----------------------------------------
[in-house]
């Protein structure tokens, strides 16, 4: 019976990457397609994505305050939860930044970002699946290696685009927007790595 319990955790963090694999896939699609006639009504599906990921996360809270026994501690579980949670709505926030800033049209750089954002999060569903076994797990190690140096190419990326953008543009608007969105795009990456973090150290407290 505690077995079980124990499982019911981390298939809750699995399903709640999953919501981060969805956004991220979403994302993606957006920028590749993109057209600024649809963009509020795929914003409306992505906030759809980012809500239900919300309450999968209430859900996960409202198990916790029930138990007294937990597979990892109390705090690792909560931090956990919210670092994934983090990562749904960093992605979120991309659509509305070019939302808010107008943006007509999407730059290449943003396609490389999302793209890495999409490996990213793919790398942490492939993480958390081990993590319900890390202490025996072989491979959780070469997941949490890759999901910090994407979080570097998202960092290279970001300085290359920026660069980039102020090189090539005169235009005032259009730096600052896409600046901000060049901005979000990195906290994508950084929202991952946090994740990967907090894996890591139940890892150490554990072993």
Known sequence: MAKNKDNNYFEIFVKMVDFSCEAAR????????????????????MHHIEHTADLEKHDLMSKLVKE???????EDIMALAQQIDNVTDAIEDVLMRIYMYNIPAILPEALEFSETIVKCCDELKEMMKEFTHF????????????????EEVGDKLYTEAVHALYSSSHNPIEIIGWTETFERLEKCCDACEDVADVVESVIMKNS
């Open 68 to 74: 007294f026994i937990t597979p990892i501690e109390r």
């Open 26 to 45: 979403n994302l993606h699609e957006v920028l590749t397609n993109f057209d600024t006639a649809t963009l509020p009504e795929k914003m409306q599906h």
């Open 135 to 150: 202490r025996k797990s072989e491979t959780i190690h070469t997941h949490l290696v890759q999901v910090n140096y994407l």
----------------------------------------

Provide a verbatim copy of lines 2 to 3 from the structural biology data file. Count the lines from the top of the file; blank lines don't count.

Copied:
């Protein structure tokens, strides 16, 4: 019976990457397609994505305050939860930044970002699946290696685009927007790595 319990955790963090694999896939699609006639009504599906990921996360809270026994501690579980949670709505926030800033049209750089954002999060569903076994797990190690140096190419990326953008543009608007969105795009990456973090150290407290 505690077995079980124990499982019911981390298939809750699995399903709640999953919501981060969805956004991220979403994302993606957006920028590749993109057209600024649809963009509020795929914003409306992505906030759809980012809500239900919300309450999968209430859900996960409202198990916790029930138990007294937990597979990892109390705090690792909560931090956990919210670092994934983090990562749904960093992605979120991309659509509305070019939302808010107008943006007509999407730059290449943003396609490389999302793209890495999409490996990213793919790398942490492939993480958390081990993590319900890390202490025996072989491979959780070469997941949490890759999901910090994407979080570097998202960092290279970001300085290359920026660069980039102020090189090539005169235009005032259009730096600052896409600046901000060049901005979000990195906290994508950084929202991952946090994740990967907090894996890591139940890892150490554990072993």
Known sequence: MAKNKDNNYFEIFVKMVDFSCEAAR????????????????????MHHIEHTADLEKHDLMSKLVKE???????EDIMALAQQIDNVTDAIEDVLMRIYMYNIPAILPEALEFSETIVKCCDELKEMMKEFTHF????????????????EEVGDKLYTEAVHALYSSSHNPIEIIGWTETFERLEKCCDACEDVADVVESVIMKNS